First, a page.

The functional capacity of different beta tubulin isoforms has been tested in vivo by expressing ß3-tubulin either in place of or in addition to ß2-tubulin in the male germ line of the fly. The testes-specific isoform, ß2, is conserved relative to major metazoan beta tubulins, while the developmentally regulated isoform, ß3, is considerably divergent in sequence. ß3-tubulin is normally expressed in discrete subsets of cells at specific times during development, but is not expressed in the male germ line. ß2-Tubulin is normally expressed only in the postmitotic germ cells of the testis, and is required for all microtubule-based functions in these cells. The normal functions of ß2-tubulin include assembly of meiotic spindles, axonemes, and at least two classes of cytoplasmic microtubules, including those associated with the differentiating mitochondrial derivatives. A hybrid gene was constructed in which 5' sequences from the ß2 gene were joined to protein coding and 3' sequences of the ß3 gene. Drosophila transformed with the hybrid gene express ß3-tubulin in the postmitotic male germ cells. When expressed in the absence of the normal testis isoform, ß3-tubulin supports assembly of one class of functional cytoplasmic microtubules. In such males the microtubules associated with the membranes of the mitochondrial derivatives are assembled and normal mitochondrial derivative elongation occurs, but axoneme assembly and other microtubule-mediated processes, including meiosis and nuclear shaping, do not occur. These data show that ß3 tubulin can support only a subset of the multiple functions normally performed by ß2, and also suggest that the microtubules associated with the mitochondrial derivatives mediate their elongation. When ß3 is coexpressed in the male germ line with ß2, at any level, spindles and all classes of cytoplasmic microtubules are assembled and function normally. However, when ß3-tubulin exceeds 20% of the total testis beta tubulin pool, it acts in a dominant way to disrupt normal axoneme assembly. In the axonemes assembled in such males, the doublet tubules acquire some of the morphological characteristics of the singlet microtubules of the central pair and accessory tubules. These data therefore unambiguously demonstrate that the Drosophila beta tubulin isoforms ß2 and ß3 are not equivalent in intrinsic functional capacity, and furthermore show that assembly of the doublet tubules of the axoneme imposes different constraints on beta tubulin function than does assembly of singlet microtubules (Hoyle, 1990).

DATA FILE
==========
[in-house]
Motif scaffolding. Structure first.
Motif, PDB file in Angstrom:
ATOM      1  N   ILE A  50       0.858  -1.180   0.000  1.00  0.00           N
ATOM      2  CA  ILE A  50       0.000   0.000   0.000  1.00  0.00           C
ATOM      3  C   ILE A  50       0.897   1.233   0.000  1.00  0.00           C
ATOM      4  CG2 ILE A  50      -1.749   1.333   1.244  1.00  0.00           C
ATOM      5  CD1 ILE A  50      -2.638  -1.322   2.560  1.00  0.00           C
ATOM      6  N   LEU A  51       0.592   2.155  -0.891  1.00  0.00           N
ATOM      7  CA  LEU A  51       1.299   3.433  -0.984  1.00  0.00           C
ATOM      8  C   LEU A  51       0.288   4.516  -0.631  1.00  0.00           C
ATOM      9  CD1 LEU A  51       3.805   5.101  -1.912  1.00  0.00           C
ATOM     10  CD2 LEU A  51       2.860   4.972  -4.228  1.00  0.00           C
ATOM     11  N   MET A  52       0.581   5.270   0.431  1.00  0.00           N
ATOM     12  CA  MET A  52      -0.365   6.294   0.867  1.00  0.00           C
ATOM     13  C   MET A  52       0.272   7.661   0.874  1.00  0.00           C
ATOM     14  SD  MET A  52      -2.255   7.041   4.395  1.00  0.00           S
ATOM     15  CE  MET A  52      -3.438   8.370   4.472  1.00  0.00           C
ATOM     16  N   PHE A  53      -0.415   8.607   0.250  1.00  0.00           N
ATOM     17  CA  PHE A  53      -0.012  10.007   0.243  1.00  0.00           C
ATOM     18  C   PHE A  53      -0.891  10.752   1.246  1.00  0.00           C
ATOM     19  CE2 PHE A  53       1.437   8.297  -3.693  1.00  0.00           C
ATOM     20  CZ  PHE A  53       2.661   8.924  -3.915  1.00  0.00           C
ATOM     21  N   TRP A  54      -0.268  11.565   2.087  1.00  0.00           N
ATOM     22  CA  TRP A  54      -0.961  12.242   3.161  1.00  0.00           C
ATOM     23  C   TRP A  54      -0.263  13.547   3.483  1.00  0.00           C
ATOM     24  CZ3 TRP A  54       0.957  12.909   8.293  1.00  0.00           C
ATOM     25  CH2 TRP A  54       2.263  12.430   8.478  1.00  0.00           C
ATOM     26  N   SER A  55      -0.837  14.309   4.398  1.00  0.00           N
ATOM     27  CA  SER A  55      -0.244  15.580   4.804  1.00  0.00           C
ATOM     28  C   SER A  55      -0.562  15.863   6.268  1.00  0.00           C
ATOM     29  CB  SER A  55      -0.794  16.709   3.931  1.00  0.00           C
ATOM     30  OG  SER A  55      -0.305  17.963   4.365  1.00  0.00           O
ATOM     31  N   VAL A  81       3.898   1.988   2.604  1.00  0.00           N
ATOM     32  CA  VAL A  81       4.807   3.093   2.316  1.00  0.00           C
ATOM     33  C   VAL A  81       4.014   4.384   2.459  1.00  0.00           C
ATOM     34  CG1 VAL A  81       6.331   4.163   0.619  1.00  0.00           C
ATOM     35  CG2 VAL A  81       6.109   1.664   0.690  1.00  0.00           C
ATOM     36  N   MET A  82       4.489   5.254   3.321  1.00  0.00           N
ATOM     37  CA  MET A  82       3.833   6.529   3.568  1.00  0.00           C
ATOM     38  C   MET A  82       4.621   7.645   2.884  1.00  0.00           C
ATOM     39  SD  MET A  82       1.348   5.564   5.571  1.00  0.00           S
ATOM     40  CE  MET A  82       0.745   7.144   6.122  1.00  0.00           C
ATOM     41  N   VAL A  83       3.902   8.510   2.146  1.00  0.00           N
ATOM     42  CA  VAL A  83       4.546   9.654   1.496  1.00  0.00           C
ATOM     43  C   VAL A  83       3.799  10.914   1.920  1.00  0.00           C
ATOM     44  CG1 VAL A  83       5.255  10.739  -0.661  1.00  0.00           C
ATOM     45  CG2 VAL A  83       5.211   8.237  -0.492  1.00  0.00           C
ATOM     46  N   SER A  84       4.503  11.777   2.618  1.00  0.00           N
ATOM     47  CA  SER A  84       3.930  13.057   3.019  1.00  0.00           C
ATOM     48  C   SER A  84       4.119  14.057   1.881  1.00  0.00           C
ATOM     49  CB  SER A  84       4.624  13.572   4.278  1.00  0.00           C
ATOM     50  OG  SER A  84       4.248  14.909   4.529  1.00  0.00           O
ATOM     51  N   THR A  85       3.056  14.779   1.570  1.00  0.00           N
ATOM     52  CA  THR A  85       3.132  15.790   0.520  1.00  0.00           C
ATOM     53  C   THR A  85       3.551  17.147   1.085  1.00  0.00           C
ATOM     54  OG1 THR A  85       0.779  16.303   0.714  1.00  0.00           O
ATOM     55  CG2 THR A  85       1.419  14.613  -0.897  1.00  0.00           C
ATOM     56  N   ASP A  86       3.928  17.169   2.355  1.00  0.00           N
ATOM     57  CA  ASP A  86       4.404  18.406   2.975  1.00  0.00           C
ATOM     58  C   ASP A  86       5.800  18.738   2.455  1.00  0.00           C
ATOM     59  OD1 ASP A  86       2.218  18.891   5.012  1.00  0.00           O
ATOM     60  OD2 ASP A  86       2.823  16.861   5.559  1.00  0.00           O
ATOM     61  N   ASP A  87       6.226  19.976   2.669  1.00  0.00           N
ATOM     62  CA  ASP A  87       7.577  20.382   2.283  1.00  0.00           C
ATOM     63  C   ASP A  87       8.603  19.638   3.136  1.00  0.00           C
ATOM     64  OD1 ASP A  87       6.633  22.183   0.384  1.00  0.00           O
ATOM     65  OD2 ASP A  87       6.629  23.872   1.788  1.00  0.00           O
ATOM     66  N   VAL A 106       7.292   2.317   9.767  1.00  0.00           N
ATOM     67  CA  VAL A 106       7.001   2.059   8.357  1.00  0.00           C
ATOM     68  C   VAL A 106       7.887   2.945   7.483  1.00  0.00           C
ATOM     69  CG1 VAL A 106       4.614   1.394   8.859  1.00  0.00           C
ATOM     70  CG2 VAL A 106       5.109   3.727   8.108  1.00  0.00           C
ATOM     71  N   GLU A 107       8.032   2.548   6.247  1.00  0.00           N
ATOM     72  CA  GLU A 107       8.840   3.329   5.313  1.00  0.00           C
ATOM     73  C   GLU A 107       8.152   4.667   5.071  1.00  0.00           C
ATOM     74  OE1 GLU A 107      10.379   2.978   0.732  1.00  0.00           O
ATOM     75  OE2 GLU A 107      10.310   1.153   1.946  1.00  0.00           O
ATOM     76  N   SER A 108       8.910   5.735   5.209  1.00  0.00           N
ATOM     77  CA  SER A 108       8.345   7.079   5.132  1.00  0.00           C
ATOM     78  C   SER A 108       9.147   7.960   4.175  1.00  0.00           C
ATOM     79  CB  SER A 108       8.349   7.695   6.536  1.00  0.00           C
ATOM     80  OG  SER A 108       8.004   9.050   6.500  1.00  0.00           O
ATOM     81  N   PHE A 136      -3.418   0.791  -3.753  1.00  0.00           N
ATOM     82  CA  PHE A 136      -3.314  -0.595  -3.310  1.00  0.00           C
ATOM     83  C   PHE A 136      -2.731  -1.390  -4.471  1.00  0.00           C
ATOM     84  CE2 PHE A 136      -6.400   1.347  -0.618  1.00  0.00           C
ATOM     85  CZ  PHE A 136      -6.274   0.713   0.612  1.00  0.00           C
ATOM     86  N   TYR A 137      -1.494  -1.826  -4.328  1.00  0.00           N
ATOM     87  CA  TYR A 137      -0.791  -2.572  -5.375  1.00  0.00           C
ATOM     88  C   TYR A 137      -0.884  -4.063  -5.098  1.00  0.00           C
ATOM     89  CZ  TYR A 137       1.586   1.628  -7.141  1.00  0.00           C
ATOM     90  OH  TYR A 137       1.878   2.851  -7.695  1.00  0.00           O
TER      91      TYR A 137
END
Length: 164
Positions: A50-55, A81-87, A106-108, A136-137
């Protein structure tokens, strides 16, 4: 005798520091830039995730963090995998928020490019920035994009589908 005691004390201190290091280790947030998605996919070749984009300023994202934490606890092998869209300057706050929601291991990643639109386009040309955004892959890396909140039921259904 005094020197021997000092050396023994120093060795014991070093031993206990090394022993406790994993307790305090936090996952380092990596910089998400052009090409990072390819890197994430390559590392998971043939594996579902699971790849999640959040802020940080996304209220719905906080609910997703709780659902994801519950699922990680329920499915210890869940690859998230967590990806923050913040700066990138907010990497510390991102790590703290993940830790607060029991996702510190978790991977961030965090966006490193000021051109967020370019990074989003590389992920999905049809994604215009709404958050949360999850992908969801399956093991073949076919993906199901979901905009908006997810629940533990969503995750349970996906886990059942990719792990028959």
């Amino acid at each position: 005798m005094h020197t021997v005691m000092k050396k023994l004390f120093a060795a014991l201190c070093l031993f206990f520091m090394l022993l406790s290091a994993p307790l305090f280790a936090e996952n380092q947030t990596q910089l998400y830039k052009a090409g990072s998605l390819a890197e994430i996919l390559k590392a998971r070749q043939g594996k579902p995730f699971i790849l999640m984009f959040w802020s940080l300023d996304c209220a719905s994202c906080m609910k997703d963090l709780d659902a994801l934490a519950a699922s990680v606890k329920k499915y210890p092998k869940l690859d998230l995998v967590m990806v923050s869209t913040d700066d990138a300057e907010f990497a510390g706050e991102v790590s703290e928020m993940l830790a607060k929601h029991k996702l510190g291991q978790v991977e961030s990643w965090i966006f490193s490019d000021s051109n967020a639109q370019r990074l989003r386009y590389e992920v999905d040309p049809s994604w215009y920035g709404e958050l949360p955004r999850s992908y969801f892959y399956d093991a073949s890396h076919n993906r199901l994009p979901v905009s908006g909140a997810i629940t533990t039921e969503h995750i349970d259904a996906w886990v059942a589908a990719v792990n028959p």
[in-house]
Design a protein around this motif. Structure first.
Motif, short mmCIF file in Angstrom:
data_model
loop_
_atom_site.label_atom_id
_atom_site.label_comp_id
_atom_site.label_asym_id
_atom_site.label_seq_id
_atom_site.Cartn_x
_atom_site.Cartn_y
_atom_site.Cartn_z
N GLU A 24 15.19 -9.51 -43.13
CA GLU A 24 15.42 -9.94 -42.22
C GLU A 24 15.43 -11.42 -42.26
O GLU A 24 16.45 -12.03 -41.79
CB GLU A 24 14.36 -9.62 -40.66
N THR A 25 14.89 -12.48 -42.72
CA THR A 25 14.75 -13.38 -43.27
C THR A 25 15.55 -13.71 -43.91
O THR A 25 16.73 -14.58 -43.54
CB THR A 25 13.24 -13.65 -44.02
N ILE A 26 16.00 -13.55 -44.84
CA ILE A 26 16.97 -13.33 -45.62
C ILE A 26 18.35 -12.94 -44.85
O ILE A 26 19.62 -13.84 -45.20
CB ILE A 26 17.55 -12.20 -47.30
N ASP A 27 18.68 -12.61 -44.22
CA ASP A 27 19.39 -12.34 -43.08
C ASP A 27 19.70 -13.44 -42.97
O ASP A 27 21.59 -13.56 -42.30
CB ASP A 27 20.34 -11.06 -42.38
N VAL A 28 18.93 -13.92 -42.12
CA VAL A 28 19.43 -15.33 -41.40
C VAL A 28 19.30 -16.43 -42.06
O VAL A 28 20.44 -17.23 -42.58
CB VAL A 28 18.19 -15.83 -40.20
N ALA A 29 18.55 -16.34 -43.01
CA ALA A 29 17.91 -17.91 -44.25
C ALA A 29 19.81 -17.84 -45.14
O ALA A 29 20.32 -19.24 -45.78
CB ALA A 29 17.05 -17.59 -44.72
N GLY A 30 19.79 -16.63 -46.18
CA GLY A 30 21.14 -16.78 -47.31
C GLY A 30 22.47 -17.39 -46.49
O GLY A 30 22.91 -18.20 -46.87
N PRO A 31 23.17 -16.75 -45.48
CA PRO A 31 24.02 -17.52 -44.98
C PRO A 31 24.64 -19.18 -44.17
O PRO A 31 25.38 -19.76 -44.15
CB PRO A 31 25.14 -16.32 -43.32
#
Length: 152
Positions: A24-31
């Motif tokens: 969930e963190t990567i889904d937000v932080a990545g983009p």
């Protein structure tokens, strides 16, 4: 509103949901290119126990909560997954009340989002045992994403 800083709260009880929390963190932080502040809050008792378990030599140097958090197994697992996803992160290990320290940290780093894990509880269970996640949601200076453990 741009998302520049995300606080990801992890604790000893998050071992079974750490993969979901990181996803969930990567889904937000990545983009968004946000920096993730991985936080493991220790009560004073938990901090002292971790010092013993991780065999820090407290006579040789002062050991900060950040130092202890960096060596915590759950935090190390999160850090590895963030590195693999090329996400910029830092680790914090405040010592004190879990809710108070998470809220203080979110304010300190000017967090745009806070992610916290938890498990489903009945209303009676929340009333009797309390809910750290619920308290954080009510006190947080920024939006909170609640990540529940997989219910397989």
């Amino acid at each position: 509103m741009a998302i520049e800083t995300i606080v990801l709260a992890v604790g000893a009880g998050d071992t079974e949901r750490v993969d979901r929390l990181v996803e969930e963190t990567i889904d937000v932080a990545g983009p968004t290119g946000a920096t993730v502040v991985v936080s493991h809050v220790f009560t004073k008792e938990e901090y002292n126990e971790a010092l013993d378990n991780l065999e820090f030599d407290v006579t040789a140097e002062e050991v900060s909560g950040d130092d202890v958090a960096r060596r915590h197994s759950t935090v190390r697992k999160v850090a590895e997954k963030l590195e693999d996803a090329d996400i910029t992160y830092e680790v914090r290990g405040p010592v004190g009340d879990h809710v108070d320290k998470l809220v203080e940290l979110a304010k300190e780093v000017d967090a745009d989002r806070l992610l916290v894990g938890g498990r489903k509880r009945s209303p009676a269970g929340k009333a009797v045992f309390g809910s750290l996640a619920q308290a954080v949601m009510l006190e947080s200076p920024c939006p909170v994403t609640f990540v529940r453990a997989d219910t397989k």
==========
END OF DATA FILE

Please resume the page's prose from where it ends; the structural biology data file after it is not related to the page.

Since ß2 delta C cannot support organization of axonemal microtubules into the supramolecular architecture of the axoneme, a test was made to see whether beta 2 carboxyl sequences can rescue the functional failure of the ß3 isoform in spermatogenesis. A chimeric protein was constructed at the gene level, ß3 beta 2C, in which beta 3 sequences in the carboxyl region were replaced with those of beta 2. Unlike either beta 3 or beta 2 delta C, beta 3 beta 2C can provide partial function for both assembly of axonemal microtubules and their organization into the supramolecular architecture of the axoneme. In particular, the beta 2 carboxyl sequences mediate morphogenesis of the axoneme doublet tubule complex, including accessory microtubule assembly and attachment of spokes and linkers. However, there are aspects of beta 2-specific function that require structural features other than the primary sequence of the isotype-defining variable regions, the C terminus and the internal variable region. Tests of fecundity in males that coexpress beta 2 and the chimeric beta 3 beta 2C protein show that in Drosophila there are differential requirements for sperm motility in the male and in the female reproductive tract. Since some aspects of microtubule function in spermatogenesis are sensitive to the tubulin pool size, the mechanisms for control of tubulin protein levels in the male germ cells were examined. Both beta 2-tubulin mRNA accumulation and protein synthesis are dependent on gene dose, and the level of expression is regulated by 3' noncoding sequences in the beta 2 gene. These data show that the regulatory mechanisms that control tubulin pool levels in the Drosophila male germ line differ from those observed in cultured animal somatic cells. Finally, expression of transgenic constructs is consistent with early cessation of X chromosome expression in Drosophila spermatogenesis (Hoyle, 1995).